Everyone had helmets, but some of them were hidden inside the pillowcases. Some of the cadets were wearing body armor. Blood flowed freely. Medevacs were done, and wide-ranging checks for concussions occurred afterwards.
From the New York Times:
"West Point cadets had mixed reactions to the injuries this year. Some saw them as a rite of passage in a school known for being tough; others saw a lack of judgment and restraint.
“At first the body count, people were joking about it,” a female first-year cadet said. “My friends were really excited. And right after, when we learned how many people had gotten hurt, everyone felt totally hard-core. I know it looks weird from the outside, but it really bonds us.”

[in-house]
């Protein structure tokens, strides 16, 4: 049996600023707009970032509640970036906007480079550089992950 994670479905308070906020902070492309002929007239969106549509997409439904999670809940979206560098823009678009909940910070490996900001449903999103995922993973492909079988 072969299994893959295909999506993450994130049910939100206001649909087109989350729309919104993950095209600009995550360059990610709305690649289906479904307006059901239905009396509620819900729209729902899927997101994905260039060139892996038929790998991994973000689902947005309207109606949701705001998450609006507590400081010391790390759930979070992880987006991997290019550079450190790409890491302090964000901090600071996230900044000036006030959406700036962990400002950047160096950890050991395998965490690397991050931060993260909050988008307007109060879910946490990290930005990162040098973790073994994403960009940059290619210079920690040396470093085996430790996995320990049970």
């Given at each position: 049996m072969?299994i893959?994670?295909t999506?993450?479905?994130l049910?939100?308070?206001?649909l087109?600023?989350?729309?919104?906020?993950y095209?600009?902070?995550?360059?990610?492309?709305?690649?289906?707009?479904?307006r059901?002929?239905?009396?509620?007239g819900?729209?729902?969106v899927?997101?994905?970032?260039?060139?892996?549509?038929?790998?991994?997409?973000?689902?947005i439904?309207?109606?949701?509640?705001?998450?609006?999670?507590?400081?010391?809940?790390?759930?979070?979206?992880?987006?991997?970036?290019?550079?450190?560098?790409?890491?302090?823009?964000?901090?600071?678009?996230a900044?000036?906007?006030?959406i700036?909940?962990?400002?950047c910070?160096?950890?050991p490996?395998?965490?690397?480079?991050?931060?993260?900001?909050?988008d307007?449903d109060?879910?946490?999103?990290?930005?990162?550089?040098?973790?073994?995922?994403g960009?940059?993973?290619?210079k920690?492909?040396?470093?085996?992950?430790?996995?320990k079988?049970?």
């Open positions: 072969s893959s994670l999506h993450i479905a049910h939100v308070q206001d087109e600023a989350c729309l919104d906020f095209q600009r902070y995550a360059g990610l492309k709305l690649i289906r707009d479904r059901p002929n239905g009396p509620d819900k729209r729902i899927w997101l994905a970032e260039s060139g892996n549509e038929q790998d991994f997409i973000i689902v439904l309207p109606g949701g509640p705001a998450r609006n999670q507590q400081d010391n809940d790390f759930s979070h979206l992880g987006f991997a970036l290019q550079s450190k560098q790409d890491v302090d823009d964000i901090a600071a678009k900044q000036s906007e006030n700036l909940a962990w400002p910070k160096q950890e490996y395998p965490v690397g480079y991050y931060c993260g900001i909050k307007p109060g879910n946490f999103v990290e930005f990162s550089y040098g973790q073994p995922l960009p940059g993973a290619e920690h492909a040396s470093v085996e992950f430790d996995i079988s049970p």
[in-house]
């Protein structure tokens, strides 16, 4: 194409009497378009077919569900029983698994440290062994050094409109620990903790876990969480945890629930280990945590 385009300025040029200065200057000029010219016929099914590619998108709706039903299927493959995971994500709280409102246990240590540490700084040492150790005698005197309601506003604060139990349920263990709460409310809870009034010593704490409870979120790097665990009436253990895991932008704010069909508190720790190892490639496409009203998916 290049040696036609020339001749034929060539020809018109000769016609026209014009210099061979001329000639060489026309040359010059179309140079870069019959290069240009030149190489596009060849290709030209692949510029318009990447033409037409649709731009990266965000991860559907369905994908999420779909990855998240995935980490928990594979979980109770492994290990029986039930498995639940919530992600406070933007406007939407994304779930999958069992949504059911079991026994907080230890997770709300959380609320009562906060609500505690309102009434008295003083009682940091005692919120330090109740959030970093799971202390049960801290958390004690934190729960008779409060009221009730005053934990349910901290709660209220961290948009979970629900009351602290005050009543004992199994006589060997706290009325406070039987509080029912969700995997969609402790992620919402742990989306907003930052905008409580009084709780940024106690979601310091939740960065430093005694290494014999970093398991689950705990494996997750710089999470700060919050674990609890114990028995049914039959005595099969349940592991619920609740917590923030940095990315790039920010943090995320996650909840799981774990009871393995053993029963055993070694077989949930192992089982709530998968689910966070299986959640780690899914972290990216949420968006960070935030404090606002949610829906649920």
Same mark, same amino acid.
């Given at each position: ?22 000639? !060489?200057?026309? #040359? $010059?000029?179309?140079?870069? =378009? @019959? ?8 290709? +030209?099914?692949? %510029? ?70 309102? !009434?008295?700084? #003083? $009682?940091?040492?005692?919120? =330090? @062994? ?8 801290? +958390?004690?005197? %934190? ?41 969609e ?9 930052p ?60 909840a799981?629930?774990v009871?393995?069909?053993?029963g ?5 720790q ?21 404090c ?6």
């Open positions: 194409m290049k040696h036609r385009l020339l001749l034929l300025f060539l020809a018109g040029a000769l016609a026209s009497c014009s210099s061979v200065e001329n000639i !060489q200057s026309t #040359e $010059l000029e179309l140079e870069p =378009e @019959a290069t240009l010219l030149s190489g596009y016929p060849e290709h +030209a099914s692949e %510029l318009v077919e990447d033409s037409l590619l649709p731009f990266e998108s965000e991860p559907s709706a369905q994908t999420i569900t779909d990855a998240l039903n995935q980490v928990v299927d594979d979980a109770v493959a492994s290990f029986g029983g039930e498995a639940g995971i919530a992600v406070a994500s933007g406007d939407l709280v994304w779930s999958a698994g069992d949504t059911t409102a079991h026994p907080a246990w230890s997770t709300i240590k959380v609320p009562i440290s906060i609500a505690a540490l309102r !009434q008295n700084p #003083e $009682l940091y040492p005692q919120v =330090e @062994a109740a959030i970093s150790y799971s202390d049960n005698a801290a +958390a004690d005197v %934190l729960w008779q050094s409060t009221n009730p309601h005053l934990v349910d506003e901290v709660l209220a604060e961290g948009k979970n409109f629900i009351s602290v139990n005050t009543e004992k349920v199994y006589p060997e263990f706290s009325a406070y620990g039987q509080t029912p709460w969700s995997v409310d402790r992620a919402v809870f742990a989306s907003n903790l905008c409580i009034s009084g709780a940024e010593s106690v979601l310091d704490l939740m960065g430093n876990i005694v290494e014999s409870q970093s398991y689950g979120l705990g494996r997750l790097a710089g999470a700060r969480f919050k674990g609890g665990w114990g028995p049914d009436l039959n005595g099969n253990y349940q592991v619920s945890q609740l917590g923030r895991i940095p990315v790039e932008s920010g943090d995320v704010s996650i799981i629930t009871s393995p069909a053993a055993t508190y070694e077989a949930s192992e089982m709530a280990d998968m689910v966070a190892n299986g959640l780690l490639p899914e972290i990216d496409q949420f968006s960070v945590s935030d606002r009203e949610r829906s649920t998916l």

But when she saw a male cadet being loaded into an ambulance outside her dorm room, she began to have second thoughts.
“If you are an officer, you are supposed to make good decisions and follow the rules. You are supposed to mediate when everyone wants to go out and kill everyone,” she said. “The goal was to have fun, and it ended up some guys just chose to hurt people.”"